Asset allocation gets more diverse

By Bryan Borzykowski | June 12, 2007 | Last updated on September 15, 2023
4 min read

In an attempt to stay relevant in increasingly complex financial markets, more and more investment managers are thinking outside of the asset allocation box.

Janet Rabovsky, senior consultant of Watson Wyatt Worldwide, says she’s starting to see a blurring of asset classes. “Private equity managers are getting involved in real estate, hedge funds have put their money out longer and getting involved in private equity deals,” Rabovsky told attendees of the Canada Cup of Investment Management conference on Tuesday. “In three to five years we won’t be talking about asset allocation at all.”

She also sees investment managers starting to diversify their own skills. “Investment managers are starting to think broadly about what is their offering,” she says. “They’re looking at skill sets and what capabilities they have. If they can value income from a real estate property then they can value income from a toll road.”

The move toward diversified asset allocation has been increasing lately, says Rabovsky, who attributes this to more people shifting jobs. “Where people might have stayed in one type of career, they’re now moving around more and bringing skills with them.”

On the surface, this seems like a good thing. More diversity can translate into higher returns, but Rabovsky says that the trend toward mixed asset allocations has made it more complicated for pension sponsors to invest their money. “With all the new types of strategies and instruments out there, actually determining what you want to achieve and then setting an investment structure and governing that can become infinitely more complicated.”

That’s one reason why the Canadian Pension Plan has a “total portfolio view” for its investment strategy. “The CPP has been blessed where we had the opportunity to start things from scratch,” says Daniel Chiu, director of public market investments for the Canadian Pension Plan. “We don’t see asset classes in isolation, how much money should be allocated to equities, private equity or this or that.”

Instead the CPP looks at investments by risk and return, and focuses on the efficiency of the total portfolio. Currently, its portfolio holds about $116.6 billion in assets, which include 65% equities, 25% fixed income and 10% inflation-sensitive assets. According to the CPP’s recently released annual report, some of the organization’s assets are in value-added returns “expanding the range of investment programs to include private equity, real estate and infrastructure, achieving greater global diversification and implementing a variety of active investments strategies.”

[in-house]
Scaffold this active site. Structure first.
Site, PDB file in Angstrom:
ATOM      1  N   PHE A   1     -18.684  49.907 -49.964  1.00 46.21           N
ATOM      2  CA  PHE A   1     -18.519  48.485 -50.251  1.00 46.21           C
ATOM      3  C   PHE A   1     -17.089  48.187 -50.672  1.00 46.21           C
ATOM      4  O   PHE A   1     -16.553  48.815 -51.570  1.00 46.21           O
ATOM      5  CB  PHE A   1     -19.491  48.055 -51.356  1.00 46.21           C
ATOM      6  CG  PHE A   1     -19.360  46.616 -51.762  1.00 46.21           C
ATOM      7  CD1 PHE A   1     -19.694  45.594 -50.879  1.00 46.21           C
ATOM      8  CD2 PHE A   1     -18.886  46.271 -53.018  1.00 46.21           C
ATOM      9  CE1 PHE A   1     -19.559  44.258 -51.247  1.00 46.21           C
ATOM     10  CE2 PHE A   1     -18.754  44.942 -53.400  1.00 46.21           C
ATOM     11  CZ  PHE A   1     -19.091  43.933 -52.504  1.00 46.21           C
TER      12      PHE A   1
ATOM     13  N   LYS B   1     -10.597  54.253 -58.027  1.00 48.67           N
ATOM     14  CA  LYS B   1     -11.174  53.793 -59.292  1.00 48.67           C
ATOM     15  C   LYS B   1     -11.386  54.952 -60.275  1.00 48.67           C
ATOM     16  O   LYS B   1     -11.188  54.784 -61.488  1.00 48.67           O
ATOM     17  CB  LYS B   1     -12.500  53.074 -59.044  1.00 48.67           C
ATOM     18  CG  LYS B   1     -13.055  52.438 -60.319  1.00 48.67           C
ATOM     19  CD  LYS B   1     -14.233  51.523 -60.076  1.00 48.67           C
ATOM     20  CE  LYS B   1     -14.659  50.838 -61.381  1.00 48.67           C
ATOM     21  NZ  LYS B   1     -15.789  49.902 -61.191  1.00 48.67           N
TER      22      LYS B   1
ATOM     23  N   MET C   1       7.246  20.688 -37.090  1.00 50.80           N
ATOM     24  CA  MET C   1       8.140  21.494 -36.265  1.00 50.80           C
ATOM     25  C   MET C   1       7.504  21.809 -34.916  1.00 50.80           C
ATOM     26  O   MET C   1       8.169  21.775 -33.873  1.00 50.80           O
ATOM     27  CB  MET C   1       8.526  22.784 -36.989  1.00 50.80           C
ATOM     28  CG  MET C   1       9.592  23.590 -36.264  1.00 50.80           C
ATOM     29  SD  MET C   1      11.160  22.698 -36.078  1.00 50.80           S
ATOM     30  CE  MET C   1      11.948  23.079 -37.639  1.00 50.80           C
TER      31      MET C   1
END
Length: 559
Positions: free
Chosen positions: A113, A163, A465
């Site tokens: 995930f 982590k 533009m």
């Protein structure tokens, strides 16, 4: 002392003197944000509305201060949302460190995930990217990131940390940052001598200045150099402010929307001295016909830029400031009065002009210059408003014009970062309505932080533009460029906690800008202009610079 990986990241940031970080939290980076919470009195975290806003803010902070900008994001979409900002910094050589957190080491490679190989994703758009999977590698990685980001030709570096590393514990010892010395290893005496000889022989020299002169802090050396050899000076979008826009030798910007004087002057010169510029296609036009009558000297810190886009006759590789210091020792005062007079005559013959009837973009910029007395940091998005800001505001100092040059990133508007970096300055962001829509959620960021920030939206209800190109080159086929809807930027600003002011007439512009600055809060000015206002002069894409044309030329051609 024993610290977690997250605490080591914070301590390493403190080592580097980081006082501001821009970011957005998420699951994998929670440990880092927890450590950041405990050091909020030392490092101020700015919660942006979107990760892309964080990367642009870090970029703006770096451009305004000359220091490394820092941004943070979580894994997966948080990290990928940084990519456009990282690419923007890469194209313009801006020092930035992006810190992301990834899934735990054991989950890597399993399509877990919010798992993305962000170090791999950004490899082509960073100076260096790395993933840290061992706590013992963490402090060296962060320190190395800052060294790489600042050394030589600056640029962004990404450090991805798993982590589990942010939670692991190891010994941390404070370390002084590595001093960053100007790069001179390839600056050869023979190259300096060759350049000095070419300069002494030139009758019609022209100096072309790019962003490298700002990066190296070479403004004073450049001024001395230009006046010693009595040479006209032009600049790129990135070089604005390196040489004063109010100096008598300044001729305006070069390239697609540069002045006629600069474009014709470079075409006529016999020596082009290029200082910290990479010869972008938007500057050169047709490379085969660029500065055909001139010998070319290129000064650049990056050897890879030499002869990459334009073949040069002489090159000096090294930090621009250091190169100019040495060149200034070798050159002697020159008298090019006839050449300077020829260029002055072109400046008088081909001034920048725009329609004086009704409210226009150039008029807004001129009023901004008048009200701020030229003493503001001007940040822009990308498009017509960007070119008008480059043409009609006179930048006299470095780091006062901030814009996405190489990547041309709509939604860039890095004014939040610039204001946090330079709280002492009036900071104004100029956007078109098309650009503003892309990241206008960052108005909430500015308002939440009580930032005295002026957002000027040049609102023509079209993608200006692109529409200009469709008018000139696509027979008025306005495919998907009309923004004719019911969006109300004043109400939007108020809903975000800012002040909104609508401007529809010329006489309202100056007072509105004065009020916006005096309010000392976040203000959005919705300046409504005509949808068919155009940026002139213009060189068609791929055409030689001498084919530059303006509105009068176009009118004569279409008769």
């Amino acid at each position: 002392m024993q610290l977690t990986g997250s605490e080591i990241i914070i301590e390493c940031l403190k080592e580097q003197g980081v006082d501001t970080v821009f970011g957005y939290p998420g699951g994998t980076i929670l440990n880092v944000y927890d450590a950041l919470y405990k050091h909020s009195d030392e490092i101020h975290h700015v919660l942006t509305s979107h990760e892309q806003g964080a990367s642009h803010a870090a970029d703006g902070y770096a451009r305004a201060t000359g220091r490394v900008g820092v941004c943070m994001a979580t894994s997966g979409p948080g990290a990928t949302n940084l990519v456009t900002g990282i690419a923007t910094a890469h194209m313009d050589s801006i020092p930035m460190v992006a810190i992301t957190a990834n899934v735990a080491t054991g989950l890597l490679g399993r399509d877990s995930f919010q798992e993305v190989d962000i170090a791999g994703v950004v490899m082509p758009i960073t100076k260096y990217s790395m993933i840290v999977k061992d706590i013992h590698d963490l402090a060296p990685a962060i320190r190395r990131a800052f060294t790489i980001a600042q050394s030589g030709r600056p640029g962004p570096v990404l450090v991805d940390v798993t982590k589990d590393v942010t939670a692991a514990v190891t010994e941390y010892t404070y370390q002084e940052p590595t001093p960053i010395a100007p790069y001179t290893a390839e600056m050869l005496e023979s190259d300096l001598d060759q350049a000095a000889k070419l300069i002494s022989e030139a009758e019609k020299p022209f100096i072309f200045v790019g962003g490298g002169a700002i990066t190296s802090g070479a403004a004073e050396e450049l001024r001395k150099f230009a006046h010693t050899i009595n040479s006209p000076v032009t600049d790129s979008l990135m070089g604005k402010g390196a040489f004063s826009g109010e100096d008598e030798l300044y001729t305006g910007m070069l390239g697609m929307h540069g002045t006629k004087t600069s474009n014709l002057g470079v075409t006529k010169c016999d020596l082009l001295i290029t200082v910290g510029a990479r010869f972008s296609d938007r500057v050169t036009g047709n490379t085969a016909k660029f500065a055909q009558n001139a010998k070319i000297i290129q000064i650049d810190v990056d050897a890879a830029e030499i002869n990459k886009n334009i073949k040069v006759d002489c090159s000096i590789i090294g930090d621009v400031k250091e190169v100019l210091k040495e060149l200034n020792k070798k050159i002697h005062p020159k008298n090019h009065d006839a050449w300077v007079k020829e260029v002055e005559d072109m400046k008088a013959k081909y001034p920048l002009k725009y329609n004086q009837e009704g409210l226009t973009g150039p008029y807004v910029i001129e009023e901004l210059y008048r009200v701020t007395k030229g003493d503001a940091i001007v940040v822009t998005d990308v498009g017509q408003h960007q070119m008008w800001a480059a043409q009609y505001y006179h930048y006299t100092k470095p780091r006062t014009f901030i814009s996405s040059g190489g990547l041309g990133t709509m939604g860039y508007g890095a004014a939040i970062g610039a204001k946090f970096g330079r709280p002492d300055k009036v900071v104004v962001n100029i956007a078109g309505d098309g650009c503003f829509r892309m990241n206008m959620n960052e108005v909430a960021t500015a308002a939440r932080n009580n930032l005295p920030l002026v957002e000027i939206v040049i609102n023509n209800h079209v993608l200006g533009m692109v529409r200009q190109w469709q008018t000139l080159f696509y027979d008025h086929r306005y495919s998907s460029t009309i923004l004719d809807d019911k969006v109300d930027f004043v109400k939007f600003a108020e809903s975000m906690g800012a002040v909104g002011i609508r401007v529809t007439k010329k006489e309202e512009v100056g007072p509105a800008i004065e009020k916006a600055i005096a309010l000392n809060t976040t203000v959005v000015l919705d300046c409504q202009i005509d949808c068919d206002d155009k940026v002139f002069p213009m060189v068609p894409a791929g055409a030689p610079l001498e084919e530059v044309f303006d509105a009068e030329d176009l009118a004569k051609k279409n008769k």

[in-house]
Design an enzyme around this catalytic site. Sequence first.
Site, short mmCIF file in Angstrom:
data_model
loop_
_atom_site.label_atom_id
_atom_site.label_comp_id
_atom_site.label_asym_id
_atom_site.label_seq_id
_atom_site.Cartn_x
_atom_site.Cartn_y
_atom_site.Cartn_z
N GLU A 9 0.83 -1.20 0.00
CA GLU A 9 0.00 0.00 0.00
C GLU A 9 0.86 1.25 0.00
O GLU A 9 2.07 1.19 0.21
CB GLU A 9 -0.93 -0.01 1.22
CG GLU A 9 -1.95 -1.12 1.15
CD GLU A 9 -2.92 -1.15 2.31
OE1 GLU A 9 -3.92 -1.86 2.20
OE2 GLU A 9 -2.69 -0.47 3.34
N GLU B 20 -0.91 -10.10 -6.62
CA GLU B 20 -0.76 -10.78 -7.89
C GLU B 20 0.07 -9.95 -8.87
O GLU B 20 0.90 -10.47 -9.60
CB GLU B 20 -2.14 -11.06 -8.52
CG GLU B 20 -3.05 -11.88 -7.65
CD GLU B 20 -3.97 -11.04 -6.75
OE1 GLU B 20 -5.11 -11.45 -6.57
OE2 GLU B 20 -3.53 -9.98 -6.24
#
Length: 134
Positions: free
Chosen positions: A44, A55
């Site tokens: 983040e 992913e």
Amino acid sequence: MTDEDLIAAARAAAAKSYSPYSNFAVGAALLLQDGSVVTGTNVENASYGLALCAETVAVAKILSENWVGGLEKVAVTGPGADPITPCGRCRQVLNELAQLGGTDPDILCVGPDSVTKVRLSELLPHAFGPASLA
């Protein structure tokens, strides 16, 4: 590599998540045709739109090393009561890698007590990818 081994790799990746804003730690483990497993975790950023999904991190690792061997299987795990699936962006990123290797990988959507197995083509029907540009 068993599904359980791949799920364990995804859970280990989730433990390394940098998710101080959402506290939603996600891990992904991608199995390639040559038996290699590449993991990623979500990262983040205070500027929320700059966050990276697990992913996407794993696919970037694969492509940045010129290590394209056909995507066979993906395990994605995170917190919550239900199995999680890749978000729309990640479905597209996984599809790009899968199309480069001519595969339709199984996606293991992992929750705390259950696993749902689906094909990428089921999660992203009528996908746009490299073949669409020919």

Splitting from the norm to create its own investment strategy forced the CPP to develop their own reference portfolio benchmark, which they introduced last year. “This is easy to implement at a relatively low cost,” notes Chiu. “Everything runs long and short against this reference portfolio.” Right now CPP’s reference portfolio includes 25% of Canadian fixed income, 25% of Canadian equities, 40% of foreign equities and 10% of Canadian real return bonds.

The total portfolio method seems to be working for the CPP. They beat their reference portfolio benchmark by 2.5% last year.

Of course, not everyone has the resources to stay on top of the market as well as CPP, or develop a new investment model. Rabovsky says smaller or mid-sized pension plans can buy pre-packaged products that will help allocate assets for them. “If you’re trying to get away from relying simply on equity risk premium or you’re looking to do more liability matching, but you don’t want to enter the agreements that are required for the derivatives, you can buy pre-packaged products of long-bonds that might have plus sectors in them,” she says.

What’s the catch? These products don’t come cheap. Rabovsky says plans can reduce costs by buying the assets on their own, but that takes a lot of extra work.

If a plan does take the pre-packaged route, they’ll need to make up the additional price tag. “They need to make sure they’re getting compensated for extra costs,” she says. “That they’re still going to be enough coming back to them to pay for that extra cost.”

An alternative to buying pre-packaged products is going to a manager who allows plans to allocate to different asset classes. This allows plans to pick and choose where they want to invest. “They set the investment policy, instead of being based on what the managers view of the market is. It’s much more of an asset liability approach, but it’s more accessible for smaller plans.”

With so many investment methods out there, choosing the right one isn’t easy. But with more diversified investment managers, there’s no question that the landscape is changing. Rabovsky calls this “forever evolving a moving goal post.”

Filed by Bryan Borzykowski,, bryan.borzykowski@advisor.rog`


Bryan Borzykowski